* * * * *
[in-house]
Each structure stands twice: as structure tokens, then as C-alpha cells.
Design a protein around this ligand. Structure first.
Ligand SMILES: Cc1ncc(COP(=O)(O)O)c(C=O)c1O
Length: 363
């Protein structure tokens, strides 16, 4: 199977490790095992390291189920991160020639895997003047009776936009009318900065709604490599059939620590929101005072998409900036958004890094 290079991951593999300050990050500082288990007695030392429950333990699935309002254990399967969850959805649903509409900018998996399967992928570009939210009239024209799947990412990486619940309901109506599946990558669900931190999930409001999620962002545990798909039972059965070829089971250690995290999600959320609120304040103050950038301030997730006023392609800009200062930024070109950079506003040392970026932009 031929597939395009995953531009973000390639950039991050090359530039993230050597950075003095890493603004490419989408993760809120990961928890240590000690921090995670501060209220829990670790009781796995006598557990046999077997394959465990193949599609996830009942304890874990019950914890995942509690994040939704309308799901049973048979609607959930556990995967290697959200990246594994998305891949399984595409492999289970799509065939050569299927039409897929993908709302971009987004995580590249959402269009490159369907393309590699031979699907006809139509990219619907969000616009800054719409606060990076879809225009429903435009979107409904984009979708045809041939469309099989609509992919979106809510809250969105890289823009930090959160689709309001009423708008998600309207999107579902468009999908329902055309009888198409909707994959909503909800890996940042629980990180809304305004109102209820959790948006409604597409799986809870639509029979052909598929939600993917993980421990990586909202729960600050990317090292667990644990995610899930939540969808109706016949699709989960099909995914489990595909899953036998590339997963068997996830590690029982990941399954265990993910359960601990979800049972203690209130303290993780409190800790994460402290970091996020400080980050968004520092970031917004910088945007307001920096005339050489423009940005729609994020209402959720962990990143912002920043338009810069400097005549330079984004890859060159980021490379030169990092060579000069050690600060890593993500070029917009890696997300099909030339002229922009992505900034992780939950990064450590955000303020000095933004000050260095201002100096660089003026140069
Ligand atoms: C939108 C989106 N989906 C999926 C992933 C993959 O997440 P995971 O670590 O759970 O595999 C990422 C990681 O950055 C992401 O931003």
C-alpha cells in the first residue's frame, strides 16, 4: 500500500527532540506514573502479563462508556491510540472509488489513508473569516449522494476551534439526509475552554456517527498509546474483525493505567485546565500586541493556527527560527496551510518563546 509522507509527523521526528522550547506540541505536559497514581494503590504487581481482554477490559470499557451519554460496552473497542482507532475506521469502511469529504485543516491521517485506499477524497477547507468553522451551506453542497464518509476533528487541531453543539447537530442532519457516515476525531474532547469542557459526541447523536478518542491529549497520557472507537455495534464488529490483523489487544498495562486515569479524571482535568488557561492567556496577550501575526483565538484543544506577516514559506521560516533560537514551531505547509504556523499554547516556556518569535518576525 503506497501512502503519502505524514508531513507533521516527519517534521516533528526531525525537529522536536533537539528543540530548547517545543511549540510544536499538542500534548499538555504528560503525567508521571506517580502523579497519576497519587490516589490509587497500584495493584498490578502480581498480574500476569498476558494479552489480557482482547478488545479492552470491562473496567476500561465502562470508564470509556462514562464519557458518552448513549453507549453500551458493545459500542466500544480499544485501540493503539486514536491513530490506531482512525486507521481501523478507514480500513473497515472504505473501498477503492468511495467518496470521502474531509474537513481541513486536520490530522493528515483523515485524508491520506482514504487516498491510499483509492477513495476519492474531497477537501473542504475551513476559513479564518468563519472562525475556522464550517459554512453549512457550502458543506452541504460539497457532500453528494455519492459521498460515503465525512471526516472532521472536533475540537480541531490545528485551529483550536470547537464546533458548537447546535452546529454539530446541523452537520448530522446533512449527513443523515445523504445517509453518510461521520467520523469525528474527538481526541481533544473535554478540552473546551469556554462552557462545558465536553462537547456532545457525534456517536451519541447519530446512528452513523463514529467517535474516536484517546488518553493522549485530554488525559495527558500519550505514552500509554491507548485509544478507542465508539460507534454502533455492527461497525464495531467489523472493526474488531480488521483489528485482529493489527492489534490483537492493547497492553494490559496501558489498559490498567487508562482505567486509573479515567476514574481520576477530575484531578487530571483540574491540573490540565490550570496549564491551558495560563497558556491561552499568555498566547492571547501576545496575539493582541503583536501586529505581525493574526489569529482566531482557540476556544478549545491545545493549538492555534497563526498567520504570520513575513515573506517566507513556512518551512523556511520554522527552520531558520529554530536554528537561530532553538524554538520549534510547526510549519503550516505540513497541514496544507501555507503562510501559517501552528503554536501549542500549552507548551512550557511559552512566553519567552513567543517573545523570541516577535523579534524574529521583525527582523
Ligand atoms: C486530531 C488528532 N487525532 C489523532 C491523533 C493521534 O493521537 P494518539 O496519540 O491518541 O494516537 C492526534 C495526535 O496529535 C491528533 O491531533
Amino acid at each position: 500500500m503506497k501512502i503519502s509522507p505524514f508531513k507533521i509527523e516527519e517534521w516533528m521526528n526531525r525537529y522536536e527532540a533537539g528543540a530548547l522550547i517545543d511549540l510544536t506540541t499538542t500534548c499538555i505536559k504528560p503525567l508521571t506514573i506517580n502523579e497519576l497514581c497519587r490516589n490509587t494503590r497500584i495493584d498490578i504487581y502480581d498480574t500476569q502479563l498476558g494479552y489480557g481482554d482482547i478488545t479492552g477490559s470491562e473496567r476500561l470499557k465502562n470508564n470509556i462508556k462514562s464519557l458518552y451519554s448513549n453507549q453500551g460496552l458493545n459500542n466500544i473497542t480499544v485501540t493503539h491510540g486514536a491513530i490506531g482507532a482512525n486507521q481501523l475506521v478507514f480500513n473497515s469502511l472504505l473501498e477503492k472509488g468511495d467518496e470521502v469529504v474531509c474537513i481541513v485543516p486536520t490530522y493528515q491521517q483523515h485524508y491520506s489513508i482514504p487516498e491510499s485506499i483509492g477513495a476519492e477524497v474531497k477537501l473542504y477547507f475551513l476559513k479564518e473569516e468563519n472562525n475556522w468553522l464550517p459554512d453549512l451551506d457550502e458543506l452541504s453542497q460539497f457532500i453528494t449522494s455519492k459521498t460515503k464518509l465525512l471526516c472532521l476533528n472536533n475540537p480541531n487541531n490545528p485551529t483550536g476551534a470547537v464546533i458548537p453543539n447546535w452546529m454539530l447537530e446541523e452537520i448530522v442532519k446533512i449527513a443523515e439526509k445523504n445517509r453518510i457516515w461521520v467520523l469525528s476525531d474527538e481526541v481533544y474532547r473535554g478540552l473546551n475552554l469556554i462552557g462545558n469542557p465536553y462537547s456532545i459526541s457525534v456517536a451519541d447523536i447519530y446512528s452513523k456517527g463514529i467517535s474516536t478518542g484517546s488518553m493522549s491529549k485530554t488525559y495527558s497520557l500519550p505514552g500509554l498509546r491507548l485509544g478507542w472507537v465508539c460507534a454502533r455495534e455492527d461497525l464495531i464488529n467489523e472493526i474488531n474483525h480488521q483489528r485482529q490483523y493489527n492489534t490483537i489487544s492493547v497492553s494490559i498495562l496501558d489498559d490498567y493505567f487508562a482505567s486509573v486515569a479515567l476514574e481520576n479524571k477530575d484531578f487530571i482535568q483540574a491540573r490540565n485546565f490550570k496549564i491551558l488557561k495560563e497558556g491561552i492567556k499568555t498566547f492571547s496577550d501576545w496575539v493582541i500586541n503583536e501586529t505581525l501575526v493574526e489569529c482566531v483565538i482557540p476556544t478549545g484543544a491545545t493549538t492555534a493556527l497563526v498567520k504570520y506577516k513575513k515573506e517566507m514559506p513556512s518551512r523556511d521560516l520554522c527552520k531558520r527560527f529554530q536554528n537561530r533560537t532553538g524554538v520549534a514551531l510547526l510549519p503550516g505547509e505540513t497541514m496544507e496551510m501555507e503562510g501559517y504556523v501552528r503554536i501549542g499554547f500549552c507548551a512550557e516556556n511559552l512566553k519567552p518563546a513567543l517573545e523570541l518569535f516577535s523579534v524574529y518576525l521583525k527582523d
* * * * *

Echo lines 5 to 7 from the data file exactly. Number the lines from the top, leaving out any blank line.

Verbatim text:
Length: 363
């Protein structure tokens, strides 16, 4: 199977490790095992390291189920991160020639895997003047009776936009009318900065709604490599059939620590929101005072998409900036958004890094 290079991951593999300050990050500082288990007695030392429950333990699935309002254990399967969850959805649903509409900018998996399967992928570009939210009239024209799947990412990486619940309901109506599946990558669900931190999930409001999620962002545990798909039972059965070829089971250690995290999600959320609120304040103050950038301030997730006023392609800009200062930024070109950079506003040392970026932009 031929597939395009995953531009973000390639950039991050090359530039993230050597950075003095890493603004490419989408993760809120990961928890240590000690921090995670501060209220829990670790009781796995006598557990046999077997394959465990193949599609996830009942304890874990019950914890995942509690994040939704309308799901049973048979609607959930556990995967290697959200990246594994998305891949399984595409492999289970799509065939050569299927039409897929993908709302971009987004995580590249959402269009490159369907393309590699031979699907006809139509990219619907969000616009800054719409606060990076879809225009429903435009979107409904984009979708045809041939469309099989609509992919979106809510809250969105890289823009930090959160689709309001009423708008998600309207999107579902468009999908329902055309009888198409909707994959909503909800890996940042629980990180809304305004109102209820959790948006409604597409799986809870639509029979052909598929939600993917993980421990990586909202729960600050990317090292667990644990995610899930939540969808109706016949699709989960099909995914489990595909899953036998590339997963068997996830590690029982990941399954265990993910359960601990979800049972203690209130303290993780409190800790994460402290970091996020400080980050968004520092970031917004910088945007307001920096005339050489423009940005729609994020209402959720962990990143912002920043338009810069400097005549330079984004890859060159980021490379030169990092060579000069050690600060890593993500070029917009890696997300099909030339002229922009992505900034992780939950990064450590955000303020000095933004000050260095201002100096660089003026140069
Ligand atoms: C939108 C989106 N989906 C999926 C992933 C993959 O997440 P995971 O670590 O759970 O595999 C990422 C990681 O950055 C992401 O931003």